Q. And why are we focusing so heavily on commercialising deep technology?
For me it’s a simple thing. It was a gap we identified in the market. We felt that Singapore put in a huge amount of effort and investment in research and education. All these things were big investments. Deep tech wasn’t some sort of magical answer. It just wasn’t happening in the way we thought it could. Entrepreneur First (EF) and Singapore-MIT Alliance for Research and Technology (SMART) were important partnerships. We realised that we don’t need to support areas that are already served by the market, such as e-commerce startups. Once the ball starts rolling, we can get out of the way.
We want to be a part of problems that the world will benefit from those as compared to say, online retail sites.
Q. Why should a research-backed company come to SG Innovate and not any other accelerator?
Anyone can go anywhere. Every place has something unique to offer. We are the Government so we have certain capabilities and access to resources. But we also act in a private sector sort of way. We are linked to professional organisations, such as EF, and we have a dedicated fund to invest in companies. We try to strike this balance.
We do cool stuff and are always trying to do things that lift the community and individual founders. We try to work with people that are trying to start a company and figure out what we can do that adds most value to a particular company.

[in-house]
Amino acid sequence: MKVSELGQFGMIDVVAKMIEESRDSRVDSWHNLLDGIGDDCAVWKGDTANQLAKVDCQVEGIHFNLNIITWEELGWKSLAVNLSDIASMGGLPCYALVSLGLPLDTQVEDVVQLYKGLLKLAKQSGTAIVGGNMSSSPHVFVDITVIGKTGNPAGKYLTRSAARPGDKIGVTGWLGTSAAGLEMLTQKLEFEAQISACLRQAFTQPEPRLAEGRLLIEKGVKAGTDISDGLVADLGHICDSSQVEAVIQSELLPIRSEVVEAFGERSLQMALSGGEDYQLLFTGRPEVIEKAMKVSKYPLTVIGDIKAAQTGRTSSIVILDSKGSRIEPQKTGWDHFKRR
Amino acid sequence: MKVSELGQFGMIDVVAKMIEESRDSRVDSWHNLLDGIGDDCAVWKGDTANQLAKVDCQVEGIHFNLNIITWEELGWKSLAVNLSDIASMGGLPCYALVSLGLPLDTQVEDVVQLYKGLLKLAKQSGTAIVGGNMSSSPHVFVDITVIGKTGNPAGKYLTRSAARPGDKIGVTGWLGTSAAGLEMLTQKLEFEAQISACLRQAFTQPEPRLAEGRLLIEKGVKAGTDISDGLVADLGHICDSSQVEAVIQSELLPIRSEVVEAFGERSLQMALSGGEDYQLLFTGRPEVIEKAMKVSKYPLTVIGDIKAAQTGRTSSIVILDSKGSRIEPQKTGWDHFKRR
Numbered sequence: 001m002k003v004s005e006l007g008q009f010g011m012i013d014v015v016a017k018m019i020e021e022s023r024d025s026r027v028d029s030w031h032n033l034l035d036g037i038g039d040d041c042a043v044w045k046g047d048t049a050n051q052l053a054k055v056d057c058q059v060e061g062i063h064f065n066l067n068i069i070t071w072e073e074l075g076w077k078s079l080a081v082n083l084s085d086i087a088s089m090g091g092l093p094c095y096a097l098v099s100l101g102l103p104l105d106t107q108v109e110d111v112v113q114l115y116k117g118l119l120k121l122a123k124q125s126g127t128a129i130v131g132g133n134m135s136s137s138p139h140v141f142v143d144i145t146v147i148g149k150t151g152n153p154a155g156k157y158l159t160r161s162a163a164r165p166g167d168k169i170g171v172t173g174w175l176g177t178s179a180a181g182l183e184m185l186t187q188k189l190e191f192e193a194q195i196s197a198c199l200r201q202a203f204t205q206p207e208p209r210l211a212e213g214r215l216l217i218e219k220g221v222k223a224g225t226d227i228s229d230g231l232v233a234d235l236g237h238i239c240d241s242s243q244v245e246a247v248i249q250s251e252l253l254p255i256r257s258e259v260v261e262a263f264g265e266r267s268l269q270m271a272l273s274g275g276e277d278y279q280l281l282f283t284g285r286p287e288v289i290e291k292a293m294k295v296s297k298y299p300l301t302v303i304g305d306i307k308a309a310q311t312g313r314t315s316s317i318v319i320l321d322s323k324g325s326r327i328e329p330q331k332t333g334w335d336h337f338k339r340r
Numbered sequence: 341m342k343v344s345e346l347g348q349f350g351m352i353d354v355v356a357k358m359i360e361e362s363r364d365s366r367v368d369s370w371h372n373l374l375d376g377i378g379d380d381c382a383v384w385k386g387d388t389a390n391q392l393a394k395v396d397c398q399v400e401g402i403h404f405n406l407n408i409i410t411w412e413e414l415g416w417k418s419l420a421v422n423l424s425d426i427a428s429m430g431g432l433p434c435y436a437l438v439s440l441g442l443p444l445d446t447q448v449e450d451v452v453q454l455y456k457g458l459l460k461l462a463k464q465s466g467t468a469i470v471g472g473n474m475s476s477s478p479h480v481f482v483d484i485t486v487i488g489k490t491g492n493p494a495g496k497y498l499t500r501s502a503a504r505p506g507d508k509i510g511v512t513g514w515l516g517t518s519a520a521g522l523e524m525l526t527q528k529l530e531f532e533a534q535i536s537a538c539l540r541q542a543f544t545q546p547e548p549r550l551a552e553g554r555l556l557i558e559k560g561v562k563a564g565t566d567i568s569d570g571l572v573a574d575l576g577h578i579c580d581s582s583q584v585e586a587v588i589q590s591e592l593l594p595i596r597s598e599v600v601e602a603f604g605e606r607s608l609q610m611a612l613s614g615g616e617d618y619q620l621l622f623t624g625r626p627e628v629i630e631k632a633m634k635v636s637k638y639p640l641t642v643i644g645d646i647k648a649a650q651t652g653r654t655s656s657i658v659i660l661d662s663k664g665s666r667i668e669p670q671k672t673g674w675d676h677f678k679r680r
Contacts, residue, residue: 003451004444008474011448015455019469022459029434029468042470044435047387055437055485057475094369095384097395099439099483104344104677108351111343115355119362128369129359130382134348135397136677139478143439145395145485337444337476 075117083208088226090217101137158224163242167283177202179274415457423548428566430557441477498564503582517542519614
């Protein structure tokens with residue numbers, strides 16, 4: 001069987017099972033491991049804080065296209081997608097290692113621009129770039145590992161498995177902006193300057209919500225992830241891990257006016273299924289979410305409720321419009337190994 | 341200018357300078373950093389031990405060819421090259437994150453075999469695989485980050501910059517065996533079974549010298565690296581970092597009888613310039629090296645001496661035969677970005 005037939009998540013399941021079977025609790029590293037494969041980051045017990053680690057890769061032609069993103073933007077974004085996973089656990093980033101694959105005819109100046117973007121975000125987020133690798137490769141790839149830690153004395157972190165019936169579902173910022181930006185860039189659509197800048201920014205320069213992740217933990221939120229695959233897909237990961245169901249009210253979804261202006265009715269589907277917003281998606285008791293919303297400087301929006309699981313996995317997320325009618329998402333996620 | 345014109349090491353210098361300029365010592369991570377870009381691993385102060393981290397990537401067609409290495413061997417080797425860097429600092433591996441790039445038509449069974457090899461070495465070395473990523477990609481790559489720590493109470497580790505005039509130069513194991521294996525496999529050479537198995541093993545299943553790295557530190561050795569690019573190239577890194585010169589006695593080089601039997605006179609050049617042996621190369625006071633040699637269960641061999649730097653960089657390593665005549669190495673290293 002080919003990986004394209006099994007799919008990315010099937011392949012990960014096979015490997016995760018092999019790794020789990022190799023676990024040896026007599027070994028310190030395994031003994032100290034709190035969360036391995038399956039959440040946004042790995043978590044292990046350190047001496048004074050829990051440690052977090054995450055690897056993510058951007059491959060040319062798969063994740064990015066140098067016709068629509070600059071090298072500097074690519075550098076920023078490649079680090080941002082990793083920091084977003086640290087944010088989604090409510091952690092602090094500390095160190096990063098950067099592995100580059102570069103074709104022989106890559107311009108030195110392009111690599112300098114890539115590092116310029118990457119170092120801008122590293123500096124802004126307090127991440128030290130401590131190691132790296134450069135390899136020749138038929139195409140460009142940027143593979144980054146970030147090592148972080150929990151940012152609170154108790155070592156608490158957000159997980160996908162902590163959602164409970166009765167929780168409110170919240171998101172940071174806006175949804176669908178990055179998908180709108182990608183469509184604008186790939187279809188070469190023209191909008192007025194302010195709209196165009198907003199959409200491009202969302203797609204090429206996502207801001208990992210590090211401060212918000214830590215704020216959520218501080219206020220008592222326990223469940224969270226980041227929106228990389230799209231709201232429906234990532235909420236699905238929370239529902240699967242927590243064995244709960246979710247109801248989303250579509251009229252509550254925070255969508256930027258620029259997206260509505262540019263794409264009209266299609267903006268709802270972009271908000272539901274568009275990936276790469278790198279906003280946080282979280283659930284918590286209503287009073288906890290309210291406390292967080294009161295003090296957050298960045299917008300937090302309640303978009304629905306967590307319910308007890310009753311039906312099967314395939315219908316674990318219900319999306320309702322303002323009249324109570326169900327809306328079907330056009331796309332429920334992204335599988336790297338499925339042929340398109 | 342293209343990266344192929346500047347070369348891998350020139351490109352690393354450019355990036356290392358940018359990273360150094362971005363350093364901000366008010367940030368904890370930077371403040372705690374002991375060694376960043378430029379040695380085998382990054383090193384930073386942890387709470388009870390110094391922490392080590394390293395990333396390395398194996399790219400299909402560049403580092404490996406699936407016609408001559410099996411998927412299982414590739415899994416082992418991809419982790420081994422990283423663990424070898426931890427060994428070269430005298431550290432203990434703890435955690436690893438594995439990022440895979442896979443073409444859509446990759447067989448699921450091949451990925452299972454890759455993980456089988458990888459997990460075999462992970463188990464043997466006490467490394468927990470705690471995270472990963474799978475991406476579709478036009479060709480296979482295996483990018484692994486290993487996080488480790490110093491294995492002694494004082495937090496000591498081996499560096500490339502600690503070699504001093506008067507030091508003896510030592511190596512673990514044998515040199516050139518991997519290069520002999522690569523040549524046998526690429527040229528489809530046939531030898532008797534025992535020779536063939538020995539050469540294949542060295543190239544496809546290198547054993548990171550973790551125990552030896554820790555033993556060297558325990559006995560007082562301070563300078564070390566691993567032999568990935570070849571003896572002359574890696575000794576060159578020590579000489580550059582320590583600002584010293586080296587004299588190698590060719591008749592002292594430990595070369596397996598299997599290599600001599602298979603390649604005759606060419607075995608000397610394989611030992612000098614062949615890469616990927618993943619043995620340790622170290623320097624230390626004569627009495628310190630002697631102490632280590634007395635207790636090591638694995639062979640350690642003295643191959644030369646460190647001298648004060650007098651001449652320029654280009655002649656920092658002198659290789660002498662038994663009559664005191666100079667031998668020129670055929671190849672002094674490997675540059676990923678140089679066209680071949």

Q. What is the one piece of advice you’d give first-time entrepreneurs?
Work with somebody that has something to offer you. I’m a strong believer in the EF message of working in a team. Work with like-minded individuals who can offer helpful guidance and feedback. There are a lot of experienced people in Singapore who would love to offer valuable insights.
Q. Why are teams so important?
Everything in life has to happen in teams. My wife and I have been in a team, we have had so many adventures and raised kids together. I couldn’t go through it alone. I couldn’t do SGInnovate without a team. Even when you look at EF, we always talk about Matt and Alice, Alex and Anne Marie. It’s never just Alice or just Matt.
Q. What is your vision for the Singapore tech landscape five years from now?
I want us to be more curious, confident and courageous. Singapore has consistently been an academically excellent place, and we have to now move towards trying things that might not work. A lot of this depends on mindset. Today when a new idea is suggested, someone in the government says this is not worthwhile. Someone in the private sector says Singapore won’t be able to build anything. The entrepreneur says maybe I should move to San Francisco because people might love me more there. That needs to change.